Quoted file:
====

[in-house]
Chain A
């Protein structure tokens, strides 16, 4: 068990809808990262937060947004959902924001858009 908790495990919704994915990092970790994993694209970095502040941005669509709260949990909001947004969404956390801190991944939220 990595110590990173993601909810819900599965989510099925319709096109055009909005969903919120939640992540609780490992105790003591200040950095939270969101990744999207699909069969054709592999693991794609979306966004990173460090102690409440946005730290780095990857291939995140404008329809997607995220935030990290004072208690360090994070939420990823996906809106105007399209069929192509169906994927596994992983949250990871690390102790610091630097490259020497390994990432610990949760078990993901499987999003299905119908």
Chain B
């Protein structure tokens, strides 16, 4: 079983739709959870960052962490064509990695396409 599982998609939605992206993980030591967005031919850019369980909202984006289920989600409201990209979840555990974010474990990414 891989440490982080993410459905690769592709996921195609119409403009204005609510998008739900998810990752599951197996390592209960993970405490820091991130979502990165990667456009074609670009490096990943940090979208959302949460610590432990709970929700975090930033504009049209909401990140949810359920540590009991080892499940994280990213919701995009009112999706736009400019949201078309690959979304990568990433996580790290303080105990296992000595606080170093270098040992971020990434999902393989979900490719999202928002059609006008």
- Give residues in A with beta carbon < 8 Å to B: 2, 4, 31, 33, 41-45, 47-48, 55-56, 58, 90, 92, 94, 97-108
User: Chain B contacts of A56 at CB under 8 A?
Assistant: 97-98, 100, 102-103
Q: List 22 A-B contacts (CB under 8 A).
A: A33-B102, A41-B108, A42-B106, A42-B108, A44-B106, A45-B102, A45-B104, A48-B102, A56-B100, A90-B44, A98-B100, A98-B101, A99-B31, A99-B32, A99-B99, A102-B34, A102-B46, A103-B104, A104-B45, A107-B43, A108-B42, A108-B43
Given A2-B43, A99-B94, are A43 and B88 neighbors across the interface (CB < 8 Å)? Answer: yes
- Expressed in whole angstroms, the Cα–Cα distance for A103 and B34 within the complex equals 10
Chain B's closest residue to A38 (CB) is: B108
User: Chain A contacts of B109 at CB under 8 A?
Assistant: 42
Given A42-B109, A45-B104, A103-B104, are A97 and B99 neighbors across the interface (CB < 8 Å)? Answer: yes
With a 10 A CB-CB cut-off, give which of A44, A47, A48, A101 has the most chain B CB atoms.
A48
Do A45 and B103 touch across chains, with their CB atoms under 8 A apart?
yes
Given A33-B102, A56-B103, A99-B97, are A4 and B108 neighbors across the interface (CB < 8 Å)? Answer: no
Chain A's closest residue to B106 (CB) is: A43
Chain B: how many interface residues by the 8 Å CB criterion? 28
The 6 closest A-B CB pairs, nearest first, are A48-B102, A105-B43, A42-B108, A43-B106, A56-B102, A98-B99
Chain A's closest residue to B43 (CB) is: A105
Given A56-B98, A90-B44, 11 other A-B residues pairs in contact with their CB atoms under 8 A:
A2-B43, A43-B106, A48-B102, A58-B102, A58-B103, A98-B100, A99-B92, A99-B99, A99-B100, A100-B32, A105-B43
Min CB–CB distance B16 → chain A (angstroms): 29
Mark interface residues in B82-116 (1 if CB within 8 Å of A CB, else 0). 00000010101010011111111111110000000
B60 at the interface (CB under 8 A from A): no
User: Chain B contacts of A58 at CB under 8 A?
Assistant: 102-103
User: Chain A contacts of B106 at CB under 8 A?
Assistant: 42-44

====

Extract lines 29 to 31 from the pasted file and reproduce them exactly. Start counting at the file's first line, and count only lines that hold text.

Mark interface residues in B82-116 (1 if CB within 8 Å of A CB, else 0). 00000010101010011111111111110000000
B60 at the interface (CB under 8 A from A): no
User: Chain B contacts of A58 at CB under 8 A?